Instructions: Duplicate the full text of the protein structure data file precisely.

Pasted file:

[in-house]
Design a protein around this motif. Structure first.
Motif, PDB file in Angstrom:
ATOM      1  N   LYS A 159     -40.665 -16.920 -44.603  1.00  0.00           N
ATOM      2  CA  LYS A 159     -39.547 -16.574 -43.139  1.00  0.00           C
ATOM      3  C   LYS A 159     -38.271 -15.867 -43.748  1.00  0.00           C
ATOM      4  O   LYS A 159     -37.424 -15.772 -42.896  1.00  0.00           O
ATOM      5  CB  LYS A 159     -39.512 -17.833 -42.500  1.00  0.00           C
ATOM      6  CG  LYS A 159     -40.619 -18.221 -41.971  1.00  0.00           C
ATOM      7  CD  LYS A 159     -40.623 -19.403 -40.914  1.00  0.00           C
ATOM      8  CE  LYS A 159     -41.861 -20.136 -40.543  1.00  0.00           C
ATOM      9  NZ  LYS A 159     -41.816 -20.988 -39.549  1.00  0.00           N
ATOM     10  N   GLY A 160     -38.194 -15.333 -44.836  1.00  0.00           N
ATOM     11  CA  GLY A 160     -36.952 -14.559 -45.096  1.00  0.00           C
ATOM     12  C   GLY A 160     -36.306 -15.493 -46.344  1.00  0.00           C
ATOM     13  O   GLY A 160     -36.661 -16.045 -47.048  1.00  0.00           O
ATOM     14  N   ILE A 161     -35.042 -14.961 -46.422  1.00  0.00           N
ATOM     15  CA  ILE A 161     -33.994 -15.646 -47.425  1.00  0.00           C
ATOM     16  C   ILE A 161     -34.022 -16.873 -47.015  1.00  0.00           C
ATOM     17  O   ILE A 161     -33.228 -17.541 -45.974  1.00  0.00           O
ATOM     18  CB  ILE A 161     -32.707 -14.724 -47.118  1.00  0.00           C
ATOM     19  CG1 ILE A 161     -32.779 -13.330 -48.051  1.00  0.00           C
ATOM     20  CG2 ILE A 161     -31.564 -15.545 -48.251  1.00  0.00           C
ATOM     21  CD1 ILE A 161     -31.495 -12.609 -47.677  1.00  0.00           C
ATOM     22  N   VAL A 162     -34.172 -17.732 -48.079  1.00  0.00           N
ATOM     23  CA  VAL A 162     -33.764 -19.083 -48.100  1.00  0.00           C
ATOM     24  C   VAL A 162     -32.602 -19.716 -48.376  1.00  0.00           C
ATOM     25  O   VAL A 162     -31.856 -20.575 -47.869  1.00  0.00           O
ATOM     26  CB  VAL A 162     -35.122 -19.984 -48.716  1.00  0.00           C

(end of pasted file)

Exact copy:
[in-house]
Design a protein around this motif. Structure first.
Motif, PDB file in Angstrom:
ATOM      1  N   LYS A 159     -40.665 -16.920 -44.603  1.00  0.00           N
ATOM      2  CA  LYS A 159     -39.547 -16.574 -43.139  1.00  0.00           C
ATOM      3  C   LYS A 159     -38.271 -15.867 -43.748  1.00  0.00           C
ATOM      4  O   LYS A 159     -37.424 -15.772 -42.896  1.00  0.00           O
ATOM      5  CB  LYS A 159     -39.512 -17.833 -42.500  1.00  0.00           C
ATOM      6  CG  LYS A 159     -40.619 -18.221 -41.971  1.00  0.00           C
ATOM      7  CD  LYS A 159     -40.623 -19.403 -40.914  1.00  0.00           C
ATOM      8  CE  LYS A 159     -41.861 -20.136 -40.543  1.00  0.00           C
ATOM      9  NZ  LYS A 159     -41.816 -20.988 -39.549  1.00  0.00           N
ATOM     10  N   GLY A 160     -38.194 -15.333 -44.836  1.00  0.00           N
ATOM     11  CA  GLY A 160     -36.952 -14.559 -45.096  1.00  0.00           C
ATOM     12  C   GLY A 160     -36.306 -15.493 -46.344  1.00  0.00           C
ATOM     13  O   GLY A 160     -36.661 -16.045 -47.048  1.00  0.00           O
ATOM     14  N   ILE A 161     -35.042 -14.961 -46.422  1.00  0.00           N
ATOM     15  CA  ILE A 161     -33.994 -15.646 -47.425  1.00  0.00           C
ATOM     16  C   ILE A 161     -34.022 -16.873 -47.015  1.00  0.00           C
ATOM     17  O   ILE A 161     -33.228 -17.541 -45.974  1.00  0.00           O
ATOM     18  CB  ILE A 161     -32.707 -14.724 -47.118  1.00  0.00           C
ATOM     19  CG1 ILE A 161     -32.779 -13.330 -48.051  1.00  0.00           C
ATOM     20  CG2 ILE A 161     -31.564 -15.545 -48.251  1.00  0.00           C
ATOM     21  CD1 ILE A 161     -31.495 -12.609 -47.677  1.00  0.00           C
ATOM     22  N   VAL A 162     -34.172 -17.732 -48.079  1.00  0.00           N
ATOM     23  CA  VAL A 162     -33.764 -19.083 -48.100  1.00  0.00           C
ATOM     24  C   VAL A 162     -32.602 -19.716 -48.376  1.00  0.00           C
ATOM     25  O   VAL A 162     -31.856 -20.575 -47.869  1.00  0.00           O
ATOM     26  CB  VAL A 162     -35.122 -19.984 -48.716  1.00  0.00           C